• Is this the same "AudioFX" that comes with Cm 12.1 and all the ROMs using the CM "base." Like PAC-Rom? Because on my SM-N910T it does not work. At All. Either it being with headphones, Bluetooth, or its native speaker. Stock music app or Google Play, on my Note 4 AudioFX has never worked :(
  • I have a OnePlus... And MX50s. Does that make me cool? I say yes. Anyway... I used Audio Fx once in a while. Though I'm not that great at tuning audio so I just turn it off most times.
  • Actually most so called audiophiles will opt for no eq at all. Just visit headfi. Posted via the Android Central App
  • This, exactly. If an audiophile is involved, they will be running non-eq'd audio to a headphone amp which will give them the bass/mid/treble adjustment options with much less compression or quality loss than a software EQ. I've played with EQ settings on several phones and without fail it always sounds better with EQ turned off. Posted via Android Central App
  • ^This. But gotta push the CM stuff so yeah. Dude. What if the word "NEWS" on the AC widget actually linked to the news page? #mindblown.
  • Root and if applicable, bootloader unlock and/or S-OFF and you can get an even more advanced version of this: ViPER4Android. Has sections for audio settings for headphones, external speaker and bluetooth output, profiles support for all three and works at a system level so all sounds will be affected. Either way, it's a bit of a stretch to say that audiophiles will actually take a liking to AudioFX Posted via the Android Central App
  • Well I had to remove maxx audio and use another app called Viper fx because my Bluetooth kept on messing up and stuttering. I wonder if that zip file I flashed changed anything else.
    I wonder when cyanogen will fix thesd Bluetooth issues. It works for the most part but Viper fx doesn't work and sometimes I have to reconnect Bluetooth or music won't play at all Posted via Android Central App on 1+1
  • Nothing will ever beat V4A. Its the main reason I can't have an unrooted phone. Posted via the Android Central App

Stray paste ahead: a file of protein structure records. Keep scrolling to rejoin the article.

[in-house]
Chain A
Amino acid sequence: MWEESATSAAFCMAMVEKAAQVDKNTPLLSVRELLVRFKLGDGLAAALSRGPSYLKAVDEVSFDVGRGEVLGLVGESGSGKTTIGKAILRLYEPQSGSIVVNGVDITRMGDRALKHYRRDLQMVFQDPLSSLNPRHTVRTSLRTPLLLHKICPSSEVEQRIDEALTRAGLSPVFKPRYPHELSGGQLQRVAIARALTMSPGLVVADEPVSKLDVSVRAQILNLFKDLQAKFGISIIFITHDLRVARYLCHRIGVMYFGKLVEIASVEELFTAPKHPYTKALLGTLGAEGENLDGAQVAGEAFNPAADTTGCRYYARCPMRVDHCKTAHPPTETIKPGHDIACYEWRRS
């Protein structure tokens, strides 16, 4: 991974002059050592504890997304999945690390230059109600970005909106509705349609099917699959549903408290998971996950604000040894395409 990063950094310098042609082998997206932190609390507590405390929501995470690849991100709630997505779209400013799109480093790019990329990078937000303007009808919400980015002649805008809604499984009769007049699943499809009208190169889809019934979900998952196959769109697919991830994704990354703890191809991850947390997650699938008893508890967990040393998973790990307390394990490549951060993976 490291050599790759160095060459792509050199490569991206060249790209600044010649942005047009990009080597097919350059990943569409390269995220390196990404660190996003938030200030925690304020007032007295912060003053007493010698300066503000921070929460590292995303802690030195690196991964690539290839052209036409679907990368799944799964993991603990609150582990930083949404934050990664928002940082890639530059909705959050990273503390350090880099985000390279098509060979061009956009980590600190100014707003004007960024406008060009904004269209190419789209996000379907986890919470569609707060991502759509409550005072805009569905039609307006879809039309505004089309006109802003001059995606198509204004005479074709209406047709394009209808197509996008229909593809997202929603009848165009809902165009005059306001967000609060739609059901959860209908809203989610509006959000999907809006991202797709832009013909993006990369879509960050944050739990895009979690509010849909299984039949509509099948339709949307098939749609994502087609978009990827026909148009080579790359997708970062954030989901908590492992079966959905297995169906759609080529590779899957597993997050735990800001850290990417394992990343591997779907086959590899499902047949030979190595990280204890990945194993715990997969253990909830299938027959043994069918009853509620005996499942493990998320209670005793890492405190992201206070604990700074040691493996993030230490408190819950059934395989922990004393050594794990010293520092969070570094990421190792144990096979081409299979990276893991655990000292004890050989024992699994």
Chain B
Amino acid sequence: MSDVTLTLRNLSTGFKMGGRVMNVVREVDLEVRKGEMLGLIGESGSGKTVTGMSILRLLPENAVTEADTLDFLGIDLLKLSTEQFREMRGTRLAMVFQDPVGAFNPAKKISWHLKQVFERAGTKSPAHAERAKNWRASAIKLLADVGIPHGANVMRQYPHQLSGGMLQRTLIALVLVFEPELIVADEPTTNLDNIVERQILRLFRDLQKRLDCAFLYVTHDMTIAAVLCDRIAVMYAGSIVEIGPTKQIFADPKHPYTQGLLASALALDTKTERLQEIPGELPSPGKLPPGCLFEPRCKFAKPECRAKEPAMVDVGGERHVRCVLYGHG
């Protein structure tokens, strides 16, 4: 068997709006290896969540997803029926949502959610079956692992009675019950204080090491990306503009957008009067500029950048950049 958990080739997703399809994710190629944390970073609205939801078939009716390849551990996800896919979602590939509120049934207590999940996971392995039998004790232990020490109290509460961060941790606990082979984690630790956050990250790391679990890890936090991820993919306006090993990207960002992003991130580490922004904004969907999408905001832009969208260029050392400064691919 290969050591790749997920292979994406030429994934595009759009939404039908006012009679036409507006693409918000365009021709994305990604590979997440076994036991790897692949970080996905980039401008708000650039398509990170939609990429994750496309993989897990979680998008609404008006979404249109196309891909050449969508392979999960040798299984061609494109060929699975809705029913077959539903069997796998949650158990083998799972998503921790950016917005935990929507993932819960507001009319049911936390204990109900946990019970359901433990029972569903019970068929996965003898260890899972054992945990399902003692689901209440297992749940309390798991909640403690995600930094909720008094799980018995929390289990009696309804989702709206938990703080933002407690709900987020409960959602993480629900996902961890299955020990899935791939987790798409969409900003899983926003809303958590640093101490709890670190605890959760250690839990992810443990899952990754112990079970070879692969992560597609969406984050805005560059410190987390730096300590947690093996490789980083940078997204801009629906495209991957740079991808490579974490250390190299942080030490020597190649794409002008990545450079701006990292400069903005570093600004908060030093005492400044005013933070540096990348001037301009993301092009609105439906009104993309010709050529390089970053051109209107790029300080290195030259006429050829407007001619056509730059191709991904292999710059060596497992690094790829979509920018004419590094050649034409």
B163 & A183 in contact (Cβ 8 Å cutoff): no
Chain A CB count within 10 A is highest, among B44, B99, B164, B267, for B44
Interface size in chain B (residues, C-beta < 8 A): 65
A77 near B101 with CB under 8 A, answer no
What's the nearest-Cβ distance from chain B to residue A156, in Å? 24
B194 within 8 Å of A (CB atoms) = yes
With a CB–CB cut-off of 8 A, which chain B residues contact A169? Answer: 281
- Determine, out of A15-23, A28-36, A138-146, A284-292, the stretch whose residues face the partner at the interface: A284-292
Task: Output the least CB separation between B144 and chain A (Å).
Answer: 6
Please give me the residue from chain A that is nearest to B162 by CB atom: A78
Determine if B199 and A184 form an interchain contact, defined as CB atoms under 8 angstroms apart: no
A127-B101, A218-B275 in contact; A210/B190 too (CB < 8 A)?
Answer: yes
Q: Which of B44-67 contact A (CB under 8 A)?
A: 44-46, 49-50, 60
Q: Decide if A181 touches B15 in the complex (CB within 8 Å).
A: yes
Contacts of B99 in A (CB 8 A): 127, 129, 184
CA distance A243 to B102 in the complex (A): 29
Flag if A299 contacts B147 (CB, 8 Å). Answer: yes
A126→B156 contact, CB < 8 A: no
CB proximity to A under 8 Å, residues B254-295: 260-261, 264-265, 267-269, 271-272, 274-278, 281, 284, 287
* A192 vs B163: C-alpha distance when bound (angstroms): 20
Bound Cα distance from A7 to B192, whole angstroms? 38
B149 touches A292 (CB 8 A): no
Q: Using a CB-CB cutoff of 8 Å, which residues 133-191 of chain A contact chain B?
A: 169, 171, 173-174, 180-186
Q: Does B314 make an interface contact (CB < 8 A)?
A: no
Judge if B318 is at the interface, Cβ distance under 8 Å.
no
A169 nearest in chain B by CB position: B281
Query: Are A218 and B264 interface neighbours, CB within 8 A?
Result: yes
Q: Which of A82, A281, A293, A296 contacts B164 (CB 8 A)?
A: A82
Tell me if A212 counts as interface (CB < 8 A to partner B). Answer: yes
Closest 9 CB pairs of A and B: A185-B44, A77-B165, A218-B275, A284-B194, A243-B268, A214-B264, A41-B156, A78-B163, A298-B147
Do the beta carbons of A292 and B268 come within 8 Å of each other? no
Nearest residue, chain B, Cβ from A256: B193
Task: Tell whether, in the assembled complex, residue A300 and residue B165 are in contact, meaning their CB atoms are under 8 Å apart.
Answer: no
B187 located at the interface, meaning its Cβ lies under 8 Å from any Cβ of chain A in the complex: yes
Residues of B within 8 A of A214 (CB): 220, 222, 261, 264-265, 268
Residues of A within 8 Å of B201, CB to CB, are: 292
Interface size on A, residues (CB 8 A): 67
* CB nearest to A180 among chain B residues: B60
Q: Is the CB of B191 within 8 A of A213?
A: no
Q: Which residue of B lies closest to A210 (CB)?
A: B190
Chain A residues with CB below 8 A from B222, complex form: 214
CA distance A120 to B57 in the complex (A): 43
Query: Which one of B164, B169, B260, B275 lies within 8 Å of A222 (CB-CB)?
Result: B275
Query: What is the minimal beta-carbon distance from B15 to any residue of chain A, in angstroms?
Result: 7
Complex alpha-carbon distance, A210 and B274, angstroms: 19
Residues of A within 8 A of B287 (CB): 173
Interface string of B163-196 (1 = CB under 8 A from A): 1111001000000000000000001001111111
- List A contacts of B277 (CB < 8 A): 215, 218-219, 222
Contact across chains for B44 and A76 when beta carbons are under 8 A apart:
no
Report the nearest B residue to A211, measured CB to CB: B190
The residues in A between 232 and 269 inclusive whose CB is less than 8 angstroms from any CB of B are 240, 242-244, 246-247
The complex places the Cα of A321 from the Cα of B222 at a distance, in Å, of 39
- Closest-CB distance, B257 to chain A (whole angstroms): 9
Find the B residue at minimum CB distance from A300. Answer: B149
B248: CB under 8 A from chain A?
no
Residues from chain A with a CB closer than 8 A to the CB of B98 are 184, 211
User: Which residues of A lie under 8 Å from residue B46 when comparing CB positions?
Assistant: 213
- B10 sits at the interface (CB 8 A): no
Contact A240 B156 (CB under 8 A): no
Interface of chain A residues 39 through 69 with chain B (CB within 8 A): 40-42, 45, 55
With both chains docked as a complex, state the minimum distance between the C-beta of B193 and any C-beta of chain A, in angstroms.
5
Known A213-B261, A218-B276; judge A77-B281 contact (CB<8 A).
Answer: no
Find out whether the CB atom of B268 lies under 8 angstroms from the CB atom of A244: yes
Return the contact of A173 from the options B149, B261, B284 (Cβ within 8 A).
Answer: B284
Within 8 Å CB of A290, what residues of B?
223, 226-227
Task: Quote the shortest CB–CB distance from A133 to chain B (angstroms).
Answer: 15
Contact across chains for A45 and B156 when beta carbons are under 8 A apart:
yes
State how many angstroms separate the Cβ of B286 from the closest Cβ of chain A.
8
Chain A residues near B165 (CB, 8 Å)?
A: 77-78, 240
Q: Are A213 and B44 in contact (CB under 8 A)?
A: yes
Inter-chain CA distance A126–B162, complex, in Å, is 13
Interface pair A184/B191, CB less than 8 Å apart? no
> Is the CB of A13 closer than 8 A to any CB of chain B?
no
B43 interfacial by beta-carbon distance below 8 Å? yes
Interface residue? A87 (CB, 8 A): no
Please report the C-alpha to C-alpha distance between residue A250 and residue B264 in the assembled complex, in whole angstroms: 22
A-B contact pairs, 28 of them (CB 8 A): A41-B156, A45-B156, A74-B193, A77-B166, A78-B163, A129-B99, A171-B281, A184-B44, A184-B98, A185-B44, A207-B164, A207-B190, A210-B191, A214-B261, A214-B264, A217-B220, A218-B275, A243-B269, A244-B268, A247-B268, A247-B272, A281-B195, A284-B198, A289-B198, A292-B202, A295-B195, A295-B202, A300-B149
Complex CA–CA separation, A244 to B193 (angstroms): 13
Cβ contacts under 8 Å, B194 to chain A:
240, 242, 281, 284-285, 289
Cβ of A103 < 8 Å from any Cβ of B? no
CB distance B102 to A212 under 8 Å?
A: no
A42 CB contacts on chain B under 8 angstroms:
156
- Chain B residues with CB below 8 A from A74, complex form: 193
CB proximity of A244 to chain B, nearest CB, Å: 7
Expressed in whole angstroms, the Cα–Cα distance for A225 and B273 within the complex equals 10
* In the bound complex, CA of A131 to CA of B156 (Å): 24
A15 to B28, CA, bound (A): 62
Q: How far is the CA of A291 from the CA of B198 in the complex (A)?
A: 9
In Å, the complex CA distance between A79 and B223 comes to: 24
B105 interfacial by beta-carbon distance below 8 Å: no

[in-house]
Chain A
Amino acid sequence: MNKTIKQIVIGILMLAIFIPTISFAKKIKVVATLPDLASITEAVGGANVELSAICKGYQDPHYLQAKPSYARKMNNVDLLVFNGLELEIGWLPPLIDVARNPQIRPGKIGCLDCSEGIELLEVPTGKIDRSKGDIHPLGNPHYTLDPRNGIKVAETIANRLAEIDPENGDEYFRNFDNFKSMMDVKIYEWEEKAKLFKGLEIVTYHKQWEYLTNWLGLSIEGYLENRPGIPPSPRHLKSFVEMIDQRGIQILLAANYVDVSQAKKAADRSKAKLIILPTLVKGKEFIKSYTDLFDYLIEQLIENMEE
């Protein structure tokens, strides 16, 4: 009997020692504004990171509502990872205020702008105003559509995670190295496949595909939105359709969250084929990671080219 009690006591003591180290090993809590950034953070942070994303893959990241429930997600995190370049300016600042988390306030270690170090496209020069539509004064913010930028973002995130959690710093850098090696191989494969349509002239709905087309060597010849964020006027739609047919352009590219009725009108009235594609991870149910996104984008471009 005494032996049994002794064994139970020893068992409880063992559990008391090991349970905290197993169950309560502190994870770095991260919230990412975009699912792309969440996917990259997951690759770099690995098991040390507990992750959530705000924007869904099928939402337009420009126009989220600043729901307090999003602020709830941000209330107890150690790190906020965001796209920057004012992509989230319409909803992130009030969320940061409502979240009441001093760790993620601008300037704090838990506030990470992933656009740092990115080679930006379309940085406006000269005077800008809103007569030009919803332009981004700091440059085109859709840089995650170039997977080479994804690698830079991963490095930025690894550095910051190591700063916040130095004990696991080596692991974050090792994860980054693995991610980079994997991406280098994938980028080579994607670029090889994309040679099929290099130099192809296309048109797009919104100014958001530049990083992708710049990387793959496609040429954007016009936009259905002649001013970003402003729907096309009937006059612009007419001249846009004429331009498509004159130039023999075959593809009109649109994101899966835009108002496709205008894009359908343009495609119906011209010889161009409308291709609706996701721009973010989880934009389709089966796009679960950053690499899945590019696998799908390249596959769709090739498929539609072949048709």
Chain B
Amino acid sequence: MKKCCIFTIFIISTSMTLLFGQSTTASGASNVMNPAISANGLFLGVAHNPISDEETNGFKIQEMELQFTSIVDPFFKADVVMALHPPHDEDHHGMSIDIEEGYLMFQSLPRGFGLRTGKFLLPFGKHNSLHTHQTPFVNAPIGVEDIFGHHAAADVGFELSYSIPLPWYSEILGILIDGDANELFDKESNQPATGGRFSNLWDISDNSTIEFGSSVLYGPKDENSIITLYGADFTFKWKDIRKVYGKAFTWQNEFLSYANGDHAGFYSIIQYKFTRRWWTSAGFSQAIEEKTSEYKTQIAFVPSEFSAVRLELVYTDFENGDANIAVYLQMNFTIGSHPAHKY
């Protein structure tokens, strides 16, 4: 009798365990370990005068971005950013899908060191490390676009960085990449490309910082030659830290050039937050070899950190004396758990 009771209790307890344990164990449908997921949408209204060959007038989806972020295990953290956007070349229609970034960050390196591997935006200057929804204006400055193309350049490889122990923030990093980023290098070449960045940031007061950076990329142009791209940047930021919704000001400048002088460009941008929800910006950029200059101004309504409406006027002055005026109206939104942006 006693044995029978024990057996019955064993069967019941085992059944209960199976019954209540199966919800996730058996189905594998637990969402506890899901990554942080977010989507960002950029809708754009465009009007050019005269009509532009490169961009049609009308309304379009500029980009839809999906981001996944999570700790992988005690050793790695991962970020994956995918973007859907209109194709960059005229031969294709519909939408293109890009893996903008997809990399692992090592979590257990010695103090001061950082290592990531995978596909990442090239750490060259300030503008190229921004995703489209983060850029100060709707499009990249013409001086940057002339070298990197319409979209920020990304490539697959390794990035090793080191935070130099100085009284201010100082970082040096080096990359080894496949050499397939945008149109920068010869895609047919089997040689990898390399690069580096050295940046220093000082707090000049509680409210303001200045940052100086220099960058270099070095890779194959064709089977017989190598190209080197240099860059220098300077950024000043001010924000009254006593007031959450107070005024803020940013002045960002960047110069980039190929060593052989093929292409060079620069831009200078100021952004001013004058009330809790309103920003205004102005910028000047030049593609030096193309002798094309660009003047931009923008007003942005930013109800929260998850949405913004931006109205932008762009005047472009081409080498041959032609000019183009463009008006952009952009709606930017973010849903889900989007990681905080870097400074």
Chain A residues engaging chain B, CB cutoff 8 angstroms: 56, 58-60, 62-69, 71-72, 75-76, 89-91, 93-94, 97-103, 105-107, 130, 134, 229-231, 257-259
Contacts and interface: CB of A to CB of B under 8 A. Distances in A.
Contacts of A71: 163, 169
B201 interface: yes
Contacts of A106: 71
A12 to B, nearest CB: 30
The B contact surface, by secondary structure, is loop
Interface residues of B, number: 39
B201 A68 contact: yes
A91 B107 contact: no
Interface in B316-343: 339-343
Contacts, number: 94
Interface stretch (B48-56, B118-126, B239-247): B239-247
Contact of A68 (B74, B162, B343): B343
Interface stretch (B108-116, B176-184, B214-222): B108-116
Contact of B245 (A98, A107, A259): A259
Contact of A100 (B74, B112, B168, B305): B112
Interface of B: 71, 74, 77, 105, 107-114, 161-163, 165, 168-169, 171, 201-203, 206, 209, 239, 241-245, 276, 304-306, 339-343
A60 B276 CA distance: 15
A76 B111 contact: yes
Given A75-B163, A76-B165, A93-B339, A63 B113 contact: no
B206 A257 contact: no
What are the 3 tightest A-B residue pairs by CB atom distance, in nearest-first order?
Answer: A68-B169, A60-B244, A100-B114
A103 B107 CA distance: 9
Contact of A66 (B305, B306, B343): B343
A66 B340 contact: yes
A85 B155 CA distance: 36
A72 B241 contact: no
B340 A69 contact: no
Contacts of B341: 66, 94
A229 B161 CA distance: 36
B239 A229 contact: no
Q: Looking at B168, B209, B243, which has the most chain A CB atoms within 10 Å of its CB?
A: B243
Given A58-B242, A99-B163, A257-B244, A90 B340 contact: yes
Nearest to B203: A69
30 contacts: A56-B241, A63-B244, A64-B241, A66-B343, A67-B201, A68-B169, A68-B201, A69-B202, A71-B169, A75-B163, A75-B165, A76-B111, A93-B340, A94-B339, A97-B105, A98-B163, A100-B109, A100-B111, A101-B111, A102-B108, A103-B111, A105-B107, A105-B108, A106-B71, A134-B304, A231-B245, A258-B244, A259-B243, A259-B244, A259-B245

• Yeah, I wish it was available without root through API's and the actual Google Framework. Posted via a SGS6
  • Agreed. V4A is the first thing I flash after rooting or flashing a new rom.
  • I swear, I keep finding new things to add my rooted S5 - thanks! Sounds amazing with my new xiaomi piston 3's Posted via the Android Central App
  • I miss this from my 1+1 days. As much as I like Clear Audio on my Z3 and Z3 Tab Compact, Audio FX was one of the top three favorite things I enjoyed ah it the 1+1. Approved by the Z3 Tablet Compact!
  • I've been noticing lately that Beats on my One M7 is my favorite. Which is weird because I used to hate it. But it turns out that anything that's not FLAC quality lossless, i.e. 320kbps or less will have noticeable distortion from the Beats EQ. But if you listen to FLAC files, so like 947kbps or more, it sounds really really good
  • I've been using Cyanogen for many years. And one of the lease used features that I have found my self not to use is the built in Audio EQ. I don't know what it is about it, but everytime I change the settings and try to tune it to my liking I find it actually takes away the quality of sound. But after giving this version a try I can say it has much to my liking.
  • Another vote for V4A. Amazing app.
  • For great audio you should beats audio apk you can find it on blackmart
  • I loved Cyanogen's EQ. On my stock Nexus 5, it's hard to get good sound. I bought a bluetooth headphone thingy that you can plug your headphones into, and that does the trick. Now, when I adjust the stock eq using the bluetooth adapter, my settings don't make the sound so quiet you can't even hear it. Sounds pretty good, actually.
  • Viper4Android is by far the best "Audio tweaking" app around but it's requirement for a rooted phone makes it not a viable choice for some people. Viper4Android can also be a bit scary for non-audiophiles. You really sort of need to have some audio knowledge to get the most out of the app and those that do not have a clue as to what they are doing can make things much worse. I will always prefer Viper4Android but I hope that for those that cannot use it or are a bit gun shy of all of its features that Cyanogen puts some more effort into AudioFX. A pretty and simple UI is not cutting it.
  • Dolby Atmos is simply the best ^_^
    http://forum.xda-developers.com/android/apps-games/mod-dolby-atmos-t3109446
  • Would be nice if it worked.